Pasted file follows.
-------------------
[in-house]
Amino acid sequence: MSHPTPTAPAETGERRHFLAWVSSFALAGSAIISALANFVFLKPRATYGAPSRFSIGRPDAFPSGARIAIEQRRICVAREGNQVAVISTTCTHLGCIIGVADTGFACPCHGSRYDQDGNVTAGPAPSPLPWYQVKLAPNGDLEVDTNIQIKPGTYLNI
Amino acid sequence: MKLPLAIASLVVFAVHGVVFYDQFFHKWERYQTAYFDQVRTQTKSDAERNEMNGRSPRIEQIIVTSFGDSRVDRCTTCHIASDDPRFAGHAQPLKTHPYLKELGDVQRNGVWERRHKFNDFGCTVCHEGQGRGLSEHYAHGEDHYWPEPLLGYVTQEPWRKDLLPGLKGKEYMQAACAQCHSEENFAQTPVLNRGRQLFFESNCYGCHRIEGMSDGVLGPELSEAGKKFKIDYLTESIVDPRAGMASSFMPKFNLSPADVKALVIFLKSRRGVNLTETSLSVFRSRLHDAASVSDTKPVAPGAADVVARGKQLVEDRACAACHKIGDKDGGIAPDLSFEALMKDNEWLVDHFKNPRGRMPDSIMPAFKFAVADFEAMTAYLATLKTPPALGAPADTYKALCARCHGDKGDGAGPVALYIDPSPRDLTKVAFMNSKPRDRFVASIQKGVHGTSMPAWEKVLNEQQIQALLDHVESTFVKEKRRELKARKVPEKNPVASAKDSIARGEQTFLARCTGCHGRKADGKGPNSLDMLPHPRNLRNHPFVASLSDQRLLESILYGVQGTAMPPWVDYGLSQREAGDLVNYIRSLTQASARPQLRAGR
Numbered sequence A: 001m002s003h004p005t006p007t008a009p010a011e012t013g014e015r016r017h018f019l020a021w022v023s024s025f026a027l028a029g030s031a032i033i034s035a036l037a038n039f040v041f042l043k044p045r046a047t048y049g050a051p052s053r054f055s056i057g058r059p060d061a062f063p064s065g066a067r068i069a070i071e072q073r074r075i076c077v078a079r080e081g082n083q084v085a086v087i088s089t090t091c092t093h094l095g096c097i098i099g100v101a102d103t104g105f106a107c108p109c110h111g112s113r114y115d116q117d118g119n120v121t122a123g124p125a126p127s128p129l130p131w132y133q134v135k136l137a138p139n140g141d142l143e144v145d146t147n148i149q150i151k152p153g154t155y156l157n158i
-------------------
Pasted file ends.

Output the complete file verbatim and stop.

[in-house]
Amino acid sequence: MSHPTPTAPAETGERRHFLAWVSSFALAGSAIISALANFVFLKPRATYGAPSRFSIGRPDAFPSGARIAIEQRRICVAREGNQVAVISTTCTHLGCIIGVADTGFACPCHGSRYDQDGNVTAGPAPSPLPWYQVKLAPNGDLEVDTNIQIKPGTYLNI
Amino acid sequence: MKLPLAIASLVVFAVHGVVFYDQFFHKWERYQTAYFDQVRTQTKSDAERNEMNGRSPRIEQIIVTSFGDSRVDRCTTCHIASDDPRFAGHAQPLKTHPYLKELGDVQRNGVWERRHKFNDFGCTVCHEGQGRGLSEHYAHGEDHYWPEPLLGYVTQEPWRKDLLPGLKGKEYMQAACAQCHSEENFAQTPVLNRGRQLFFESNCYGCHRIEGMSDGVLGPELSEAGKKFKIDYLTESIVDPRAGMASSFMPKFNLSPADVKALVIFLKSRRGVNLTETSLSVFRSRLHDAASVSDTKPVAPGAADVVARGKQLVEDRACAACHKIGDKDGGIAPDLSFEALMKDNEWLVDHFKNPRGRMPDSIMPAFKFAVADFEAMTAYLATLKTPPALGAPADTYKALCARCHGDKGDGAGPVALYIDPSPRDLTKVAFMNSKPRDRFVASIQKGVHGTSMPAWEKVLNEQQIQALLDHVESTFVKEKRRELKARKVPEKNPVASAKDSIARGEQTFLARCTGCHGRKADGKGPNSLDMLPHPRNLRNHPFVASLSDQRLLESILYGVQGTAMPPWVDYGLSQREAGDLVNYIRSLTQASARPQLRAGR
Numbered sequence A: 001m002s003h004p005t006p007t008a009p010a011e012t013g014e015r016r017h018f019l020a021w022v023s024s025f026a027l028a029g030s031a032i033i034s035a036l037a038n039f040v041f042l043k044p045r046a047t048y049g050a051p052s053r054f055s056i057g058r059p060d061a062f063p064s065g066a067r068i069a070i071e072q073r074r075i076c077v078a079r080e081g082n083q084v085a086v087i088s089t090t091c092t093h094l095g096c097i098i099g100v101a102d103t104g105f106a107c108p109c110h111g112s113r114y115d116q117d118g119n120v121t122a123g124p125a126p127s128p129l130p131w132y133q134v135k136l137a138p139n140g141d142l143e144v145d146t147n148i149q150i151k152p153g154t155y156l157n158i